Monday, 24 October 2016

tunnel of love

Now that I’m back in Hong Kong, I don’t expect to be writing anything about the UK for the next seven months, but I do have one loose end to tie up first. On the weekend prior to my departure, I travelled down to Manchester for the christening of my grandson. It wasn’t possible to travel early enough on the day—that’s the modern British rail network for you—so I was obliged to travel down the day before and check into a hotel in the south Manchester suburb of East Didsbury.

Once I’d done so, I had the rest of the afternoon and the evening to myself, and I spent much of that time walking around the area. Among the city’s public transport options is a modern tram network, some of which follows old railway lines that may have been disused for decades prior to their incorporation into the network, and I was walking along a path (shared with cyclists—there appears to be an extensive off-road network of cycle routes around these parts) that runs alongside one such line when I came across a brick-lined tunnel, the walls of which were covered in graffiti.

Regular readers will know that I don’t automatically regard graffiti as vandalism—they can have aesthetic merit—although in this case a degree of vandalism must be conceded. However, the vandalism here appears to be against older graffiti, which have often been overwritten. There are also a lot of meaningless scrawls, often on top of more elaborate pieces of work, so that often the result is, unfortunately, a mess. As you can see from the following sequence of photographs, the tunnel cannot be compared with Ghost Alley or Penrith’s Answer to Ghost Alley. Nevertheless, I felt that it was worth recording.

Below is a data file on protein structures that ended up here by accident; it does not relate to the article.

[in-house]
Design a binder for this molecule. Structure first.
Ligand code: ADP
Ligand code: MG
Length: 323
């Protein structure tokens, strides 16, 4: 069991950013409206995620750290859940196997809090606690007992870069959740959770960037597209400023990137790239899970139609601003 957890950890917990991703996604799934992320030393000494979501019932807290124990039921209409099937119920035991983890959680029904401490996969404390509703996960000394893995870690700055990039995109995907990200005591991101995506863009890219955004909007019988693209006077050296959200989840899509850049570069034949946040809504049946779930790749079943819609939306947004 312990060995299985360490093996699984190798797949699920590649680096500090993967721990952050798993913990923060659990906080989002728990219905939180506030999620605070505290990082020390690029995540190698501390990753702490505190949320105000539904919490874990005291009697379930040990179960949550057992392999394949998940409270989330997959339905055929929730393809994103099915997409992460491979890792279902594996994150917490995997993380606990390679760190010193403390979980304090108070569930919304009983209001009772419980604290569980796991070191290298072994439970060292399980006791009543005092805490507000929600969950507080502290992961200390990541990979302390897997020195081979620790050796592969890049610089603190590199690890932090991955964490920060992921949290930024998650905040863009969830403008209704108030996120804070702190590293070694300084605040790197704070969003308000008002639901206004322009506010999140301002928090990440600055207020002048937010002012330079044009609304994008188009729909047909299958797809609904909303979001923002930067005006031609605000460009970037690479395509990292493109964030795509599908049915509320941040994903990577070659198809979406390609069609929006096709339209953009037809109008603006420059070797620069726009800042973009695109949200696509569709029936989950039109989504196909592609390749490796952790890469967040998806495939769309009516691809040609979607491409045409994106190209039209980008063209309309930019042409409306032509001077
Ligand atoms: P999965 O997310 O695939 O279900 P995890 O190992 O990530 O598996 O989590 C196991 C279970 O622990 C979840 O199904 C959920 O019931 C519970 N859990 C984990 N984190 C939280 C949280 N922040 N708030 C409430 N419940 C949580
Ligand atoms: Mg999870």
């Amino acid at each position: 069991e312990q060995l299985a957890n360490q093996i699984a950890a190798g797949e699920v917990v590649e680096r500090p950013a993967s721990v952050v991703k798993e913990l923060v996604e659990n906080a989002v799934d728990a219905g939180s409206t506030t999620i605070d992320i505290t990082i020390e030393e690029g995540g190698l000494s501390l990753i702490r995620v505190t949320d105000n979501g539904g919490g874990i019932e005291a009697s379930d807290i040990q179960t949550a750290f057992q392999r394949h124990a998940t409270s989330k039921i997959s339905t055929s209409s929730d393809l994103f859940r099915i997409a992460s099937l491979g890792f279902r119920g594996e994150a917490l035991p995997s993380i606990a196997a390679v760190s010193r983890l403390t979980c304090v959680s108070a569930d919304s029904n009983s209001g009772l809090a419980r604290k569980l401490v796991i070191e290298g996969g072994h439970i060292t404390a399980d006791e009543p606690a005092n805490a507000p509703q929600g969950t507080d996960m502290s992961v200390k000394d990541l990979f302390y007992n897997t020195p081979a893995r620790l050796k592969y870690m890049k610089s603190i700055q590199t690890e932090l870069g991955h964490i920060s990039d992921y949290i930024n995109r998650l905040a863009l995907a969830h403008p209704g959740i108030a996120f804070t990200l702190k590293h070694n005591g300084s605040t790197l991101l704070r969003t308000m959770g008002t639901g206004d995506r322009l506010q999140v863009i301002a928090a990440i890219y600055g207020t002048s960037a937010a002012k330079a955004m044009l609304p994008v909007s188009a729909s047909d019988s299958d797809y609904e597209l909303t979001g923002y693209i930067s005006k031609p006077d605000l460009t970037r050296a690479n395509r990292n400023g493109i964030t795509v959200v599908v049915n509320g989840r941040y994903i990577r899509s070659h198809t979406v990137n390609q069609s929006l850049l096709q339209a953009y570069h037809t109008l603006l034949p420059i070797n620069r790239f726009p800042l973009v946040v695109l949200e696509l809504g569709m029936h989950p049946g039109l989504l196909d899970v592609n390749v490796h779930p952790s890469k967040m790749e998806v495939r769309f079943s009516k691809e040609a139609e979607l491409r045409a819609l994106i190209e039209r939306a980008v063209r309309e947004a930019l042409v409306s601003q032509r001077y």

Having checked out these images, you’re probably wondering why I gave this post the title I did, given that I often use common phrases that don’t appear to be directly relevant as titles. In this case, I was listening to music on my MP3 player, and Tunnel of Love by Dire Straits came on just as I reached the tunnel. But for this serendipitous juxtaposition, I might never have bothered to write this post.


  1. Tunnel of Love for sure or not in some cases. That's my England, everyone trying to get on top of one another, and that's another story Dennis. I do like to see nice graffiti done in an artistic way though.

    1. Good to hear from you Rum. I hope you’re well. I do agree with you that graffiti can be artistic. Have you checked out the two links in this post? Ghost Alley, in particular, is a stunning experience, especially when you consider that it’s in a remote area of the Hong Kong countryside. As for urban graffiti, you may enjoy Physical Graffiti, which I spotted originally from the train taking me into Kowloon.

  2. I hope this finds you and yours doing well. May we display your header on our new site directory? As it is now, the site title (linked back to its home page) is listed, and we think displaying the header will attract more attention. In any event, we hope you will come by and see what is going on at


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